- any of a number of parallel beams or timbers fixed in place as a raised support for boats, spars, etc.
- any of a number of timbers on which a heavy object is placed to be shoved along on rollers or slid.
- an arrangement of planks serving as a runway for cargo.
- an arrangement of planks serving as a fender to protect the side of a vessel during transfer of cargo.
- sidewise motion of a vessel; leeway.
verb (used with object), skid·ded, skid·ding.
verb (used without object), skid·ded, skid·ding.
Origin of skid
Synonyms for skid
Examples from the Web for skid
Contemporary Examples of skid
Downtown L.A. was basically just Skid Row back then, and we closed it down to shoot that shootout sequence.Tom Sizemore’s Revenge: On Tom Cruise’s Scientology Recruitment, Drugs, and Craving a Comeback
September 26, 2014
I did think you had to end up on skid row if you were an alcoholic.Elmore Leonard’s Rocky Road to Fame and Fortune
September 13, 2014
Today Skid Row resembles a Third World tent city teeming with sleeping bags, shopping carts, and people with nowhere else to go.
But today Skid Row is in the news—for all the wrong reasons.
The remaining 18 presumably “had contact with the patients in Skid Row,” said Fielding.L.A. Hunts for 300 Missing Tuberculosis Cases
March 1, 2013
Historical Examples of skid
The skid at which he had pointed was loaded with cases of M504 submachine guns.The Cosmic Computer
Henry Beam Piper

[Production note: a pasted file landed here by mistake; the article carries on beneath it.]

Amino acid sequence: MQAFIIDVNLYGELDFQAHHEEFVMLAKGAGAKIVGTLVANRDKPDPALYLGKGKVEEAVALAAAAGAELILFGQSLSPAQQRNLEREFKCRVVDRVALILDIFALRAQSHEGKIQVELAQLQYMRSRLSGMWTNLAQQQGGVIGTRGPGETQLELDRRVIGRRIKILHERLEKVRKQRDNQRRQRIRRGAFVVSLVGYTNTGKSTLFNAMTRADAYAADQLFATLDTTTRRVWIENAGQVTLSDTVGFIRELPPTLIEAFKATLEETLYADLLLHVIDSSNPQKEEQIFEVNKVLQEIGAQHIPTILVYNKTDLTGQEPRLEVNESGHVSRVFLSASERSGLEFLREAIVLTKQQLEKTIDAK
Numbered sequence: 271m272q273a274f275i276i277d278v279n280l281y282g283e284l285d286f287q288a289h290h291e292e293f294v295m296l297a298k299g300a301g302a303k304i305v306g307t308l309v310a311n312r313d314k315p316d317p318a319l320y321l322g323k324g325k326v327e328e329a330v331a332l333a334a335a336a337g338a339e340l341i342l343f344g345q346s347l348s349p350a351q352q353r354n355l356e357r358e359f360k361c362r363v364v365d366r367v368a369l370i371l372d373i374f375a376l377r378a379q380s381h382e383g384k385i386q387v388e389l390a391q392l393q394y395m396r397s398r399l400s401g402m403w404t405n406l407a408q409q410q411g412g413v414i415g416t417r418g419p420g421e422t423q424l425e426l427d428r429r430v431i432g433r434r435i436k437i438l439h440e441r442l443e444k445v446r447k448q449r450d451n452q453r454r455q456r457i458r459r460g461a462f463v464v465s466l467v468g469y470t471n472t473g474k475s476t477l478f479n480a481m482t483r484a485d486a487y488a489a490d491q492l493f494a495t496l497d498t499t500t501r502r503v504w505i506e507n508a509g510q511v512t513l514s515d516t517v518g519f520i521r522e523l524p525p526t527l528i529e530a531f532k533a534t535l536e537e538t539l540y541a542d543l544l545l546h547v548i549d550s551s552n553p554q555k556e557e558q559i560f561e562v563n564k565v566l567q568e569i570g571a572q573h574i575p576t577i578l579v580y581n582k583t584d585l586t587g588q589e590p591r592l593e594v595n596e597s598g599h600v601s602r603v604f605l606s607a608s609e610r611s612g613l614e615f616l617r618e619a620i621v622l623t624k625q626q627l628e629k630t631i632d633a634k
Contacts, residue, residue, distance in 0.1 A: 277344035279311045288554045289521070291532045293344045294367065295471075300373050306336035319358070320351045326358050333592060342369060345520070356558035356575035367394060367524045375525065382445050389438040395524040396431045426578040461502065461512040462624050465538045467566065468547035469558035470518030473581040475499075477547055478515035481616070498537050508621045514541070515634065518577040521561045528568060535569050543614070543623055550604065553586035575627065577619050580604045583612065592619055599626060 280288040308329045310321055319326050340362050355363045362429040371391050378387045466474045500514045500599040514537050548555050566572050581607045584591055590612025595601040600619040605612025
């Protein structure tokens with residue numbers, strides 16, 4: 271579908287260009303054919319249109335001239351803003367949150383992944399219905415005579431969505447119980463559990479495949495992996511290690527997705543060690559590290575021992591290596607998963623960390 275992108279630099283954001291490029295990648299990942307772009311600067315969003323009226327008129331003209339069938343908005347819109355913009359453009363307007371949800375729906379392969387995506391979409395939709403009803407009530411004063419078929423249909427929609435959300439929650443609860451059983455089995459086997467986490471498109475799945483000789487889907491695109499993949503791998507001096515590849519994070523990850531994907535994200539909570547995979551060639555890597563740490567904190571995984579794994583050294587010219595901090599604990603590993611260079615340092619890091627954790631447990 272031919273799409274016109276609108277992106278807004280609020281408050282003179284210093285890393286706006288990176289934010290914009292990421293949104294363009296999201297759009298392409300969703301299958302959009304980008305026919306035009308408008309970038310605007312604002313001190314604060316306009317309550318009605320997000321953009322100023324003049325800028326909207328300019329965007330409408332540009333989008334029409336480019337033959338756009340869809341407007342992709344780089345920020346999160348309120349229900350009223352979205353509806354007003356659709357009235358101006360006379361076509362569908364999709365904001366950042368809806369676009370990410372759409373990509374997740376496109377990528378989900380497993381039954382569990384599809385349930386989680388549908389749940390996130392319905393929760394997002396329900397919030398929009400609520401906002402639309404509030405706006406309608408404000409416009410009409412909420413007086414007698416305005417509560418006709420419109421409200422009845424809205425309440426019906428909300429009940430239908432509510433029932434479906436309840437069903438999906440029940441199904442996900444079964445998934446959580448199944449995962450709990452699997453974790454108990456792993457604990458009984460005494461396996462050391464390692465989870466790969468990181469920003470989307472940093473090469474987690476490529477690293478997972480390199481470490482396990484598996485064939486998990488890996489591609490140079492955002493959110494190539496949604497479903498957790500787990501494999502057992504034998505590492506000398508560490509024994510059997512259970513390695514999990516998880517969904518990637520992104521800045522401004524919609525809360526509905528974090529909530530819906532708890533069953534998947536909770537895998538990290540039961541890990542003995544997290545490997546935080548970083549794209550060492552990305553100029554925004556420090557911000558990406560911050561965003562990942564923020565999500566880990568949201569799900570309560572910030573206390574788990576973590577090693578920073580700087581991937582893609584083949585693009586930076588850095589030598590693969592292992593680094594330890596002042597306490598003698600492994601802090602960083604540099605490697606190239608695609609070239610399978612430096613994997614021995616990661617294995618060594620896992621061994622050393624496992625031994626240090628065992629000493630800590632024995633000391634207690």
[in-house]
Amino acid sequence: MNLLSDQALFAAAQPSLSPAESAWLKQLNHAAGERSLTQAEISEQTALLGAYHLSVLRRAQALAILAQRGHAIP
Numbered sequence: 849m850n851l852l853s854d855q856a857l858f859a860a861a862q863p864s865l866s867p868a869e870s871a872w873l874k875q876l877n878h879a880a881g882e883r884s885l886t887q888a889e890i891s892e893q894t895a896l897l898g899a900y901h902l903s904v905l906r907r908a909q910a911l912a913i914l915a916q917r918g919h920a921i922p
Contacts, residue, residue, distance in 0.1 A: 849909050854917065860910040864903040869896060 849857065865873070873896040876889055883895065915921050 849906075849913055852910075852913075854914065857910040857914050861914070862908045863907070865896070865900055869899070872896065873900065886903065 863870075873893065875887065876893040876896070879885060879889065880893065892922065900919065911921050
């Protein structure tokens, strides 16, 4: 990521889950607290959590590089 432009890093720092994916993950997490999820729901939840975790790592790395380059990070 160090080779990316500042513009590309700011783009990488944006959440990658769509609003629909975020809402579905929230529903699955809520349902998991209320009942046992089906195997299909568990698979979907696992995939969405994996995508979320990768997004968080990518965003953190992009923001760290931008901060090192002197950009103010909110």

Why, man alive, Skid's one of the chaps that's runnin' your old gent's trust.
Skid he flushes some behind the ears; but he only bows and says he's much obliged.
They're givin' a farewell dinner dance for her, and Skid is on the list.
"I'm getting twenty-five a week," says Skid, lookin' him straight between the eyes.
verb skids, skidding or skidded
Word Origin for skid
c.1600, "beam or plank on which something rests," especially on which something heavy can be rolled from place to place (1782), of uncertain origin, probably from a Scandinavian source akin to Old Norse skið "stick of wood" (see ski (n.)). As "a sliding along" from 1890; specifically of motor vehicles from 1903. Skid-mark is from 1914.
In the timber regions of the American West, skids laid down one after another to form a road were "a poor thing for pleasure walks, but admirably adapted for hauling logs on the ground with a minimum of friction" ["Out West" magazine, October 1903]. A skid as something used to facilitate downhill motion led to figurative phrases such as hit the skids "go into rapid decline" (1909), and cf. skid row.
1670s, "apply a skid to (a wheel, to keep it from turning)," from skid (n.). Meaning "slide along" first recorded 1838; extended sense of "slip sideways" (on a wet road, etc.) first recorded 1884. The original notion is of a block of wood for stopping a wheel; the modern senses are from the notion of a wheel slipping when blocked from revolving.
In addition to the idiom beginning with skid
- skid row
- on the skids
- put the skids on
- put the skids under